According to the latest statistics from the U.S. Census Bureau, approximately 38.3 million Americans have a severe disability, either mental or physical. “And a tsunami is coming,” said Joe Mazzu, Brookwood’s director of advancement. “People are surviving disabilities, and living longer with them, than ever before – and there is also the coming wave of people, now children, suffering from autism and other developmental disabilities.”
When Erin Kiltz attended her daughter Gracie’s last high school ARD (Admission, Review and Dismissal) meeting, which public schools use to determine a student’s need for special-education services, she remembered, “I asked, ‘So, what’s next?’ And the answer is: nothing. We as a nation spend millions on early intervention, but there is nothing for these individuals when they become adults. The No. 1 fear of parents of children with disabilities is what will happen to them when I am gone?”
Kiltz, who lives in Georgetown, outside of Austin, toured Brookwood. “That first visit, I felt like Dorothy in The Wizard of Oz when she opens the door and the world changes from black and white to color,” she said.
Kiltz returned again for Brookwood’s Network Day Conferences, for those interested in learning how to do what Brookwood does. These conferences attract people from all over the world. Kiltz started her own day program in Georgetown, with eight adults with disabilities, in her backyard. Two and a half years later, the program, now running in donated space at the Georgetown Church of Christ, has 25 citizens, runs five of its own “enterprises,” and has officially become the first affiliate of Brookwood, called Brookwood in Georgetown, or BIG. Kiltz’s long-term plan: to have a full-residential community, with its own store and café, just like Brookwood.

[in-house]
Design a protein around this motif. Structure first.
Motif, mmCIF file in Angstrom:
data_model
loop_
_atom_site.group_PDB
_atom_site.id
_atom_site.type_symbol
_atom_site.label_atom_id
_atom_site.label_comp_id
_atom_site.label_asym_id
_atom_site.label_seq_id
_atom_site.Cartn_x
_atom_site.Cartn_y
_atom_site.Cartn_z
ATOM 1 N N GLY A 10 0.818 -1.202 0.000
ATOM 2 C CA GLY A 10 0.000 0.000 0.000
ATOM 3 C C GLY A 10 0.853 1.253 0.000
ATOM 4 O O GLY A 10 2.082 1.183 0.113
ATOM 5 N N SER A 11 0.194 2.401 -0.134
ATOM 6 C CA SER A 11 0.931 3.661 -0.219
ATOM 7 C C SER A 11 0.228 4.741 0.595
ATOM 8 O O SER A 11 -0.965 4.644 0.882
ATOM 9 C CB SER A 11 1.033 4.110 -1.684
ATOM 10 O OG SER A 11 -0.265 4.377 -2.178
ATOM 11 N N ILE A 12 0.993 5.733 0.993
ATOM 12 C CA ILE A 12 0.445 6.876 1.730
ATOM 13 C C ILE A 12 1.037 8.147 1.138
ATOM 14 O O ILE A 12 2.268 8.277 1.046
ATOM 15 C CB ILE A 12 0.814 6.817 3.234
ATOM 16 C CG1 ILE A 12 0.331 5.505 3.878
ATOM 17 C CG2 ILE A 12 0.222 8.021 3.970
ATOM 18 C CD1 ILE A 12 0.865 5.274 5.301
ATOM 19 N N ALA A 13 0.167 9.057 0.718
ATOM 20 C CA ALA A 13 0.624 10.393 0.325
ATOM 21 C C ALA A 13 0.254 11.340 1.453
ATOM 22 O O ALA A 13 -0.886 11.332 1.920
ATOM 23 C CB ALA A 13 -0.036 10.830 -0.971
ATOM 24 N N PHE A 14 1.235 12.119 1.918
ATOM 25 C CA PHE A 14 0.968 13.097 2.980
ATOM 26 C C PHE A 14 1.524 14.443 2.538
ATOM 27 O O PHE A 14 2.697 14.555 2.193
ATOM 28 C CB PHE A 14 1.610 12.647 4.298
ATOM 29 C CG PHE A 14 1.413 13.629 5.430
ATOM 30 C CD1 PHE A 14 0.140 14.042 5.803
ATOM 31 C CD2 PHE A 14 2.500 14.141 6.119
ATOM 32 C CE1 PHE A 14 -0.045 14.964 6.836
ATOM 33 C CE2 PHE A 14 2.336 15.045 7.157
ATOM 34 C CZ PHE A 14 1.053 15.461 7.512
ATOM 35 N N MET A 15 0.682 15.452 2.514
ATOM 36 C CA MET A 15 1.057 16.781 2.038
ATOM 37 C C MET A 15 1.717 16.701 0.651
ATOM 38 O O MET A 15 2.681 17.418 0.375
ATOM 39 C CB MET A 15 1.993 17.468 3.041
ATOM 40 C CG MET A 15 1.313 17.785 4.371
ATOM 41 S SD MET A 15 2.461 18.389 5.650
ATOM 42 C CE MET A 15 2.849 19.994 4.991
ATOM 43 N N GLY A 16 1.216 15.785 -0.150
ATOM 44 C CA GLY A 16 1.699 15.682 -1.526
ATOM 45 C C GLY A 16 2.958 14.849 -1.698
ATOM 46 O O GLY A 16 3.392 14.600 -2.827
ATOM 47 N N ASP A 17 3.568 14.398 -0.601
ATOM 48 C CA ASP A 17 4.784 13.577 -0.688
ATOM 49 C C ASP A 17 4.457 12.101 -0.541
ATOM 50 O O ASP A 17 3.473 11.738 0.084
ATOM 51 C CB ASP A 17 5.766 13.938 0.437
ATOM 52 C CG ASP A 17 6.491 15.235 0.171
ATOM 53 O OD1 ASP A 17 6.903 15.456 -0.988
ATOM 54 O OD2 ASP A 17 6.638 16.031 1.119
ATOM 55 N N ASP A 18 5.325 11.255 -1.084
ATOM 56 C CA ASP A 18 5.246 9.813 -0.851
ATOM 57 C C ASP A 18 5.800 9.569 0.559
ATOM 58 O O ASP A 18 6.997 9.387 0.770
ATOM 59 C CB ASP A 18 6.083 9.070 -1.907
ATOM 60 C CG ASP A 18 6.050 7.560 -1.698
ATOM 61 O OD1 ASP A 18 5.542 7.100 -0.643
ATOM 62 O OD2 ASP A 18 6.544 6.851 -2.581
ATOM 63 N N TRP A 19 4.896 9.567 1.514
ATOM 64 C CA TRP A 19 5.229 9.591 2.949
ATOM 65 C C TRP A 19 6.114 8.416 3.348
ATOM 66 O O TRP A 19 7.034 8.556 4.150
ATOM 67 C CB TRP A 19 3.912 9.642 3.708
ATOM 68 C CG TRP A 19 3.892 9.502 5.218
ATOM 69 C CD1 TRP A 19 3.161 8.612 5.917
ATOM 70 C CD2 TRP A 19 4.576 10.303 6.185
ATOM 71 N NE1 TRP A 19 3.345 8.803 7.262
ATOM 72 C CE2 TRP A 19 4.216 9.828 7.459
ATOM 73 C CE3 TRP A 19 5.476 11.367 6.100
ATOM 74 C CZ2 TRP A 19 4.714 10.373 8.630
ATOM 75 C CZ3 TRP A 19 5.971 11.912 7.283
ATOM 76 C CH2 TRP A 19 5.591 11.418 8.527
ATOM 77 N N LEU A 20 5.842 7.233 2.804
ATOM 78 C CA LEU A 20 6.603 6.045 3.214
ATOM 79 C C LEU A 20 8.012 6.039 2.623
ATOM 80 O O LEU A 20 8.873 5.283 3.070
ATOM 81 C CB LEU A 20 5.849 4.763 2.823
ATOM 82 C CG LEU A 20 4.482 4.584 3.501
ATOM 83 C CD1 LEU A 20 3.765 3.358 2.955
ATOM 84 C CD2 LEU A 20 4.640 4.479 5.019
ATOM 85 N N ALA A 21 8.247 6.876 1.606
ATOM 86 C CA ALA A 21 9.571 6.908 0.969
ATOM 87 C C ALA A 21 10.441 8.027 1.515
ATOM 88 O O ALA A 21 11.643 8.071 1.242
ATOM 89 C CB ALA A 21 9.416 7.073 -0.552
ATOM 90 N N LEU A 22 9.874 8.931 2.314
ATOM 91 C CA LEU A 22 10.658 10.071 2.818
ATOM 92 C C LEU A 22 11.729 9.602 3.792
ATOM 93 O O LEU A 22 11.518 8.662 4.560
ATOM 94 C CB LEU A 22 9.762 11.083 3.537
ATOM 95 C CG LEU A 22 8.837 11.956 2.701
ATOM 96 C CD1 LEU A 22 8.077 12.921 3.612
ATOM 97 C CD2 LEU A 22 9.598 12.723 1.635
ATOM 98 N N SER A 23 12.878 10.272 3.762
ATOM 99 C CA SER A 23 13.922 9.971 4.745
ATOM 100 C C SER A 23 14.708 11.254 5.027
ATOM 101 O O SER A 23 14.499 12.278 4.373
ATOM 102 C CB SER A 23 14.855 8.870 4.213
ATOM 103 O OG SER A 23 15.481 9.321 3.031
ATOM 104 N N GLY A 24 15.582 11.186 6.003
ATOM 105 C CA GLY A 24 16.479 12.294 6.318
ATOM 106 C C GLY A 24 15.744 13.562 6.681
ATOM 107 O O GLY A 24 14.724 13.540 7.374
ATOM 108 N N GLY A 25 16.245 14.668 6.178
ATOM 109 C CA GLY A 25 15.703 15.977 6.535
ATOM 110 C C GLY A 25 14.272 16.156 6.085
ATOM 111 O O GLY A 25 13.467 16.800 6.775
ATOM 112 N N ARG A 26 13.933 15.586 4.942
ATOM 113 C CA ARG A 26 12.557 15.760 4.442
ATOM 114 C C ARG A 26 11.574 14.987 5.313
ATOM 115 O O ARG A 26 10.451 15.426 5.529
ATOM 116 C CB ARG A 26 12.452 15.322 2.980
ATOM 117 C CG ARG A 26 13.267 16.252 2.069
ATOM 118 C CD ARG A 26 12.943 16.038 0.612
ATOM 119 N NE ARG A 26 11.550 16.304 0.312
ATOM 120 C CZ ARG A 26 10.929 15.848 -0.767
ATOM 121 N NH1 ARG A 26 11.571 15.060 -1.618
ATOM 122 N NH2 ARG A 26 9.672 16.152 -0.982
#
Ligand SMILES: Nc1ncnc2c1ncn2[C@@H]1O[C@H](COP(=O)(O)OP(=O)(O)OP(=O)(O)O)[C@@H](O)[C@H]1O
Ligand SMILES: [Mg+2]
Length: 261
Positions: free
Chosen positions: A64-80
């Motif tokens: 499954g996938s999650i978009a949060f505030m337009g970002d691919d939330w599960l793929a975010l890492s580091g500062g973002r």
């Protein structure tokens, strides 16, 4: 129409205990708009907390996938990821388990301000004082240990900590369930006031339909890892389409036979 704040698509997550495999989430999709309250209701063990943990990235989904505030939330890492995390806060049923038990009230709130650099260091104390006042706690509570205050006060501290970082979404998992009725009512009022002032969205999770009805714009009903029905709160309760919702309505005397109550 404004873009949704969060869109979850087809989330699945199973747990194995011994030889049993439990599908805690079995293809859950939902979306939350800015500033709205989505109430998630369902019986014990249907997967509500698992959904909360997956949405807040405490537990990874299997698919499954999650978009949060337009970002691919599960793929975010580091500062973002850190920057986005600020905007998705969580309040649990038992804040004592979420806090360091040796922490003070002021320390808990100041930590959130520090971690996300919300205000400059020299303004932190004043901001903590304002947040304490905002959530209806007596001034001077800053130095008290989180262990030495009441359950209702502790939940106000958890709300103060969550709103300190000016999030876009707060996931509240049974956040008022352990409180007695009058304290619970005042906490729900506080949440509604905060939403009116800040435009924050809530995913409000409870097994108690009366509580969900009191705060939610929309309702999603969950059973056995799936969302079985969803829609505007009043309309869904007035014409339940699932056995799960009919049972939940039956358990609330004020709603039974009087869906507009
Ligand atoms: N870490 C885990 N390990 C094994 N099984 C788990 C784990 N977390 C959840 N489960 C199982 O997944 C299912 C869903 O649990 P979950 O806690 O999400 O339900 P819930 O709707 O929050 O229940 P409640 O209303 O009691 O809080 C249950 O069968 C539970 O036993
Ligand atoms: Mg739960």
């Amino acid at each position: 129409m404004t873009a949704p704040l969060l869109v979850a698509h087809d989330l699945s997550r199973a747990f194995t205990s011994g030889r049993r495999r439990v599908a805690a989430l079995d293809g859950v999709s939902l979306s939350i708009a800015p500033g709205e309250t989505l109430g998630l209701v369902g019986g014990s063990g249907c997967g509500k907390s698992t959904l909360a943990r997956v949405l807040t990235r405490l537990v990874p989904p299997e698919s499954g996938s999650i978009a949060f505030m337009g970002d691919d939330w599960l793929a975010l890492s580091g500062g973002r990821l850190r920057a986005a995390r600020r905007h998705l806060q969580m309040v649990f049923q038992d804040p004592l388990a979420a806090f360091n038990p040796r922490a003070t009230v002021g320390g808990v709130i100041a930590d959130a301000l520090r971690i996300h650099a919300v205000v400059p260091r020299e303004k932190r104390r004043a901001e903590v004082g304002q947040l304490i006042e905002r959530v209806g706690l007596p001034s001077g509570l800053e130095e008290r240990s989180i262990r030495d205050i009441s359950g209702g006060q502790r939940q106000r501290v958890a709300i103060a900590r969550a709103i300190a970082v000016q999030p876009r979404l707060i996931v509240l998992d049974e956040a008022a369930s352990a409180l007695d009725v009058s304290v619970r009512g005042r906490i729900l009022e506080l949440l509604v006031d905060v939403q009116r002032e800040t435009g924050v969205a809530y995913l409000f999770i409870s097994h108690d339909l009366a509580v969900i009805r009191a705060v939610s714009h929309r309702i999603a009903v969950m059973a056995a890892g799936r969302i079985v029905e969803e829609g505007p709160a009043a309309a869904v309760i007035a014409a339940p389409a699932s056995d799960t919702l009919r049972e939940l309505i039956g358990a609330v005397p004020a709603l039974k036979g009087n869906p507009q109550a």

From the beginning, Kiltz has been deluged with phone calls, including from one family who moved from Illinois to Georgetown to enroll their child.
Back at Brookwood in Brookshire, Yvonne Streit is finishing up a book about Brookwood, while executive director Shudde said she hopes to increase the number of people who take Brookwood’s public tours, from the current 75,000 per year to 200,000, as well as to host more conferences for those seeking to start their own programs.
“We believe there is a national problem, a national need,” she said, “and we may not have all the answers, but we do have an answer.”